Gleink Abbey was founded in the early 12th century by the local nobleman, Arnhalm I of Glunich, who gave his castle for conversion to a monastery. The premises, dedicated to Saint Andrew, were ready for occupation in the 1120s. Gleink was settled from Garsten Abbey. The abbey suffered fire damage in 1220, 1275 and 1313, but narrowly escaped destruction at the hands of the invading Hungarians in the late 15th century and the marauding Turks in 1532, although they caused devastation in the surrounding area. Later in the 16th century the Reformation and the spread of Lutheranism caused more difficulties, a trend which only began to reverse from 1575 with the appointment of Abbot Georg Andreas (1575–1585) from Niederaltaich Abbey. The abbey also suffered damage during the Thirty Years' War.
From the later 17th century however more favourable circumstances allowed the development and refurbishment of the premises in the Baroque style, principally associated at Gleink with Abbot Rupert II Freysauf von Neudegg (1709–1735). Abbot Wolfgang Hofmayr, well known as a preacher and a professor in the University of Salzburg, took office in 1762. He was the last abbot: the monastery was dissolved under Joseph II on 21 May 1784.
After a short period of use as a barracks, the buildings were given to the Bishop of Linz as a summer residence. In 1832, at the invitation of the then bishop, a community of Salesian Sisters from Vienna took up residence. No new novices entered the community however after about 1950, and the convent was eventually closed in 1977. Since the dissolution the parochial duties had been carried out by parish priests, but from 1950 were undertaken by the Missionary Order of the Heart of Jesus, who settled and run a boys' home here ever since. The premises today also accommodate a museum of religious objects, ecclesiastical embroidery and so on.
The continuing difficulties faced by the abbey were reflected in the depleted state of its library, which in 1599 contained only 110 printed books and 150 manuscripts. However, in the relative prosperity of the period from the mid-17th century onwards, the library grew, acquiring among other things the manuscript of the Gleinker Weltchronik. It is an illuminated manuscript describing a history of the world based on the Bible. Produced in the mid-14th century, it contains an inscription placing it at Gleink in 1712. This manuscript is now Codex 472 of the Linz University Library.References:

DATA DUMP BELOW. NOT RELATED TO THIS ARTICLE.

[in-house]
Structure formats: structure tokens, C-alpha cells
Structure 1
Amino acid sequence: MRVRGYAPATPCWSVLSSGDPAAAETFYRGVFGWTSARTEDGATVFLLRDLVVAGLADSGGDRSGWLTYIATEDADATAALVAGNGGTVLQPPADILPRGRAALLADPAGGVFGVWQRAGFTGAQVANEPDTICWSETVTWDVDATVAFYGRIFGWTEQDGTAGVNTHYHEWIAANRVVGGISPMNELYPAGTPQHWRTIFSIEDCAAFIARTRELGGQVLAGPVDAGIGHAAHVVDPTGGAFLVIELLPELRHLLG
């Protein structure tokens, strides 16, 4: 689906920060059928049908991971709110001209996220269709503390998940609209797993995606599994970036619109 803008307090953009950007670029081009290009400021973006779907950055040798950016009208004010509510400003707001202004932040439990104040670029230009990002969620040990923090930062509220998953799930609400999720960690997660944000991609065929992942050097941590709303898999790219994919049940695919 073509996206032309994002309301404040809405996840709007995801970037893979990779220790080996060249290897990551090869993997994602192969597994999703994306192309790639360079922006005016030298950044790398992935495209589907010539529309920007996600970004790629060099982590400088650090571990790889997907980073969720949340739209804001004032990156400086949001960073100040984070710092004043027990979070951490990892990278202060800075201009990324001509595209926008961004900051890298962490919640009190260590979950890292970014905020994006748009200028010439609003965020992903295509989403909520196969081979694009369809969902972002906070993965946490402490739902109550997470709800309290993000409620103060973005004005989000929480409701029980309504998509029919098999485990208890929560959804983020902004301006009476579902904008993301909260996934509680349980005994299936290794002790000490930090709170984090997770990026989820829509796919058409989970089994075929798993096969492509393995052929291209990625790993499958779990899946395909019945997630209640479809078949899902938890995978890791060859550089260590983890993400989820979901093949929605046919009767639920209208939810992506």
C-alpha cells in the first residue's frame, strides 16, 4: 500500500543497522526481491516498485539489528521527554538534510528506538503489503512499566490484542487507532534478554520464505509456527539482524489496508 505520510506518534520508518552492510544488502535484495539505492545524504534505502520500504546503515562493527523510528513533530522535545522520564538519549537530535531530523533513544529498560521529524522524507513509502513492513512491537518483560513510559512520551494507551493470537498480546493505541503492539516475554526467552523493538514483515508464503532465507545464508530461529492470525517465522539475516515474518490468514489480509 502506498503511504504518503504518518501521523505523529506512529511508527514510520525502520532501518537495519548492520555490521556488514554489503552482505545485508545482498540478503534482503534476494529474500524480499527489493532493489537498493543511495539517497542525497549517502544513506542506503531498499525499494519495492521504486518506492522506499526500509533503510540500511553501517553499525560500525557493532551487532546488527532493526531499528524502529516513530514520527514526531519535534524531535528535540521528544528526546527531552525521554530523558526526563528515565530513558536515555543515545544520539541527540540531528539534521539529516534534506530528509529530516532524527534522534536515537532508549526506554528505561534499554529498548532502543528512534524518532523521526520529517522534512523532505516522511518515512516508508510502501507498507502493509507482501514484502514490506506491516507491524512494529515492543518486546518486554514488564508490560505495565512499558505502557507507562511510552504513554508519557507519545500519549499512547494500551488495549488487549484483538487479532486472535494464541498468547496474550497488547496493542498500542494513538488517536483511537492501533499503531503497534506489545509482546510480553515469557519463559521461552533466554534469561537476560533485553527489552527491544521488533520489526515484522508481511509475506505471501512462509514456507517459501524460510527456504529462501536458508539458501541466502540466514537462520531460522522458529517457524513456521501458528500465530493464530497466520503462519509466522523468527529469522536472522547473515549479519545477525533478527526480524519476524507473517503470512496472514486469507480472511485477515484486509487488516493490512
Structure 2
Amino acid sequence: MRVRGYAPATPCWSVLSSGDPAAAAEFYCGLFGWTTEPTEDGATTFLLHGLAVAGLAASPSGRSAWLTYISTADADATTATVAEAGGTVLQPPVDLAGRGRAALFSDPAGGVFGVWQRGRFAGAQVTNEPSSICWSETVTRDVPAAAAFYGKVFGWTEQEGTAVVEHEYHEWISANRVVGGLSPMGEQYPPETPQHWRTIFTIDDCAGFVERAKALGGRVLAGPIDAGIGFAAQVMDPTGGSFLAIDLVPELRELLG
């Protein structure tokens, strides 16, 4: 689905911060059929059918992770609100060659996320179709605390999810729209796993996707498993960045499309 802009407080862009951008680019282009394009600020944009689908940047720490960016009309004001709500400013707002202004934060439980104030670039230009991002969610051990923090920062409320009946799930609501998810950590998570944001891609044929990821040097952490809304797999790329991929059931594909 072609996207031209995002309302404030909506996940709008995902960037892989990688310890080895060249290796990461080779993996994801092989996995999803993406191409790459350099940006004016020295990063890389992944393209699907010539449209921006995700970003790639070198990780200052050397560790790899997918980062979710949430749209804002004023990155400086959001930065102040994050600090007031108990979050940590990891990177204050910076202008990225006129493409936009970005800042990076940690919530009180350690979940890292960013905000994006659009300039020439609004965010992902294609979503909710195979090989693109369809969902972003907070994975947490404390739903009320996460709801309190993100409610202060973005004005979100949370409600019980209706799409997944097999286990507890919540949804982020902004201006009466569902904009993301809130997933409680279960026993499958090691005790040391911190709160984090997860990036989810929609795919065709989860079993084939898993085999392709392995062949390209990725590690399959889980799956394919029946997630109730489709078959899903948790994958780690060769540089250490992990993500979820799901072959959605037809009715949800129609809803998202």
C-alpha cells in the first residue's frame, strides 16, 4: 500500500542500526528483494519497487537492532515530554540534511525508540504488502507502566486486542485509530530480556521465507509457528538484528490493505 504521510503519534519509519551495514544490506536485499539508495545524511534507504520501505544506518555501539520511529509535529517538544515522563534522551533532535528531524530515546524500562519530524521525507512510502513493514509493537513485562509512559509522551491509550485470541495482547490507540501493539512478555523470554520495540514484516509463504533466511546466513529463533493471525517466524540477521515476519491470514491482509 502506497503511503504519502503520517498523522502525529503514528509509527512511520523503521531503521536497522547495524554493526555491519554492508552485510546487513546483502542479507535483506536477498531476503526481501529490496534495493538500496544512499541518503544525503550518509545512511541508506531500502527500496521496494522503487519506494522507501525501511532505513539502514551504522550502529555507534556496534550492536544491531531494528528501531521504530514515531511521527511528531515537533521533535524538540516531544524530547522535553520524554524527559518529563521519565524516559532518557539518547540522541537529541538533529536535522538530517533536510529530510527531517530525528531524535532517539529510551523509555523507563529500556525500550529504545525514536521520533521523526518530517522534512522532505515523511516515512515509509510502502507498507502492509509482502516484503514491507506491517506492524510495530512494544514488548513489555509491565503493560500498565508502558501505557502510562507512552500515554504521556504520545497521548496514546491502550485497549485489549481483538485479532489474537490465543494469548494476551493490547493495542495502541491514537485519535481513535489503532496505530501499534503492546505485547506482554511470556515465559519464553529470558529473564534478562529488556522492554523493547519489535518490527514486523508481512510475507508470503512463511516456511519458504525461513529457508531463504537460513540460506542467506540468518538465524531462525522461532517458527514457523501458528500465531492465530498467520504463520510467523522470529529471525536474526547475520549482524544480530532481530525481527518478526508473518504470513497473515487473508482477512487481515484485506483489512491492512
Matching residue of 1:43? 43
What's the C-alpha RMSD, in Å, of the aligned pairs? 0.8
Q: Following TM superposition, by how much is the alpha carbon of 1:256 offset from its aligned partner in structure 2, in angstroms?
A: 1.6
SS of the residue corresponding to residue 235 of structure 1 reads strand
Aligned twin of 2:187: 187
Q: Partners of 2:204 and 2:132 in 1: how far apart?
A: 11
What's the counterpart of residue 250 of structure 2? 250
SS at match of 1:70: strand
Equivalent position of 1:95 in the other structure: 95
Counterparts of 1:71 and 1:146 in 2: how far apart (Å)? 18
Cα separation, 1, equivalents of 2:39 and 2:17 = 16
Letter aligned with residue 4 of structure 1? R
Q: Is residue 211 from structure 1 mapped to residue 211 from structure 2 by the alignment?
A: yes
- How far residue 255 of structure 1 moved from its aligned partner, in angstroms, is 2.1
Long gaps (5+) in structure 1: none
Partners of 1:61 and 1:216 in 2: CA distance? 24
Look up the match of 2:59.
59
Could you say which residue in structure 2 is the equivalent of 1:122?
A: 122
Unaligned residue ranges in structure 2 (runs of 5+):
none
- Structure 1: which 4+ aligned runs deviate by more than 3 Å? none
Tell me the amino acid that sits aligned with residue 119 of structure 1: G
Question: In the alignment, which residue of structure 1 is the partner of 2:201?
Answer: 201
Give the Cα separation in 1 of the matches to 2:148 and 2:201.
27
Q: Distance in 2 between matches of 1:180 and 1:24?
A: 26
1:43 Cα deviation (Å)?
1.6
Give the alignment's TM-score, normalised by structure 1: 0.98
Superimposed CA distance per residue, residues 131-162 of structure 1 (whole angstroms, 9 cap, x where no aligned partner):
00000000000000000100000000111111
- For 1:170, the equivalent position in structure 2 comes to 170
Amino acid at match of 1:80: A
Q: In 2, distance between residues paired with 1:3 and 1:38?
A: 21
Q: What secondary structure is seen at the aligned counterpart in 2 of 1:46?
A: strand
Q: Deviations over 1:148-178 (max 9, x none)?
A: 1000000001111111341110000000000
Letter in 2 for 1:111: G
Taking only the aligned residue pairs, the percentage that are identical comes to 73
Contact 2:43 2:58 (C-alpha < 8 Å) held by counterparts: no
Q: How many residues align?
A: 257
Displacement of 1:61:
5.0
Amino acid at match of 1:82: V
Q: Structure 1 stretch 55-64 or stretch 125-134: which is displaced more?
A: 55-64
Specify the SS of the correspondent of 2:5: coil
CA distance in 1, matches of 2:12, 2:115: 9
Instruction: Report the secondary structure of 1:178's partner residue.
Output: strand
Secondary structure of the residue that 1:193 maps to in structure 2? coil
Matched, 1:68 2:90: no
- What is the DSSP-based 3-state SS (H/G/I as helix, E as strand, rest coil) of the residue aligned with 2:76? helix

The Kalozha church of Saints Boris and Gleb is the oldest extant structure in Hrodna. It is the only surviving monument of ancient Black Ruthenian architecture, distinguished from other Orthodox churches by prolific use of polychrome faceted stones of blue, green or red tint which could be arranged to form crosses or other figures on the wall.
The church is a cross-domed building supported by six circular pillars. The outside is articulated with projecting pilasters, which have rounded corners, as does the building itself. The ante-nave contains the choir loft, accessed by a narrow gradatory in the western wall. Two other stairs were discovered in the walls of the side apses; their purpose is not clear. The floor is lined with ceramic tiles forming decorative patterns. The interior was lined with innumerable built-in pitchers, which usually serve in Eastern Orthodox churches as resonators but in this case were scored to produce decorative effects. For this reason, the central nave has never been painted.
The church was built before 1183 and survived intact, depicted in the 1840s by Michał Kulesza, until 1853, when the south wall collapsed, due to its perilous location on the high bank of the Neman. During restoration works, some fragments of 12th-century frescoes were discovered in the apses. Remains of four other churches in the same style, decorated with pitchers and coloured stones instead of frescoes, were discovered in Hrodna and Vaŭkavysk. They all date back to the turn of the 13th century, as do remains of the first stone palace in the Old Hrodna Castle.
In 2004, the church was included in the Tentative List of UNESCO"s World Heritage Sites.